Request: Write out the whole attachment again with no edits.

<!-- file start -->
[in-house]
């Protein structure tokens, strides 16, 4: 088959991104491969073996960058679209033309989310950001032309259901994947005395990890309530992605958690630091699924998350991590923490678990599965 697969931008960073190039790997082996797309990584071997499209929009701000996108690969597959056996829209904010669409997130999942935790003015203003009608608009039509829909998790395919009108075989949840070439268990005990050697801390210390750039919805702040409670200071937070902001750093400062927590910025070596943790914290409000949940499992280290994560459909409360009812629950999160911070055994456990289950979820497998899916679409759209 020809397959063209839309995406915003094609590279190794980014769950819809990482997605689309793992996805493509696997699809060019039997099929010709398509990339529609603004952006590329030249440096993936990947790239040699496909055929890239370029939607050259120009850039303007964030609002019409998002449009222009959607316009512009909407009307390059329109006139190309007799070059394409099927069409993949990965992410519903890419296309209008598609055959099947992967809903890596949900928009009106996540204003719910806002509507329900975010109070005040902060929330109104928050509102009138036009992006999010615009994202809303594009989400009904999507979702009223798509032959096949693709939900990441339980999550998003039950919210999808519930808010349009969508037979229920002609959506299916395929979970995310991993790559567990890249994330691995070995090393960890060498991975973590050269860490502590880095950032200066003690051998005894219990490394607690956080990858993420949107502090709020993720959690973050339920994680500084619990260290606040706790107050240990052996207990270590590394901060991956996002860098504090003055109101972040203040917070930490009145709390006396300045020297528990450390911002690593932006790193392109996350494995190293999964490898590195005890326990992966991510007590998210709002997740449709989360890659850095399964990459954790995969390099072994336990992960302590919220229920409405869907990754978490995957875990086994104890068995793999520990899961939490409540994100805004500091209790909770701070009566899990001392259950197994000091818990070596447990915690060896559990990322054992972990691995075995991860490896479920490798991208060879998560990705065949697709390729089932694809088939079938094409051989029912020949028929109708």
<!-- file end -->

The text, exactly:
[in-house]
């Protein structure tokens, strides 16, 4: 088959991104491969073996960058679209033309989310950001032309259901994947005395990890309530992605958690630091699924998350991590923490678990599965 697969931008960073190039790997082996797309990584071997499209929009701000996108690969597959056996829209904010669409997130999942935790003015203003009608608009039509829909998790395919009108075989949840070439268990005990050697801390210390750039919805702040409670200071937070902001750093400062927590910025070596943790914290409000949940499992280290994560459909409360009812629950999160911070055994456990289950979820497998899916679409759209 020809397959063209839309995406915003094609590279190794980014769950819809990482997605689309793992996805493509696997699809060019039997099929010709398509990339529609603004952006590329030249440096993936990947790239040699496909055929890239370029939607050259120009850039303007964030609002019409998002449009222009959607316009512009909407009307390059329109006139190309007799070059394409099927069409993949990965992410519903890419296309209008598609055959099947992967809903890596949900928009009106996540204003719910806002509507329900975010109070005040902060929330109104928050509102009138036009992006999010615009994202809303594009989400009904999507979702009223798509032959096949693709939900990441339980999550998003039950919210999808519930808010349009969508037979229920002609959506299916395929979970995310991993790559567990890249994330691995070995090393960890060498991975973590050269860490502590880095950032200066003690051998005894219990490394607690956080990858993420949107502090709020993720959690973050339920994680500084619990260290606040706790107050240990052996207990270590590394901060991956996002860098504090003055109101972040203040917070930490009145709390006396300045020297528990450390911002690593932006790193392109996350494995190293999964490898590195005890326990992966991510007590998210709002997740449709989360890659850095399964990459954790995969390099072994336990992960302590919220229920409405869907990754978490995957875990086994104890068995793999520990899961939490409540994100805004500091209790909770701070009566899990001392259950197994000091818990070596447990915690060896559990990322054992972990691995075995991860490896479920490798991208060879998560990705065949697709390729089932694809088939079938094409051989029912020949028929109708």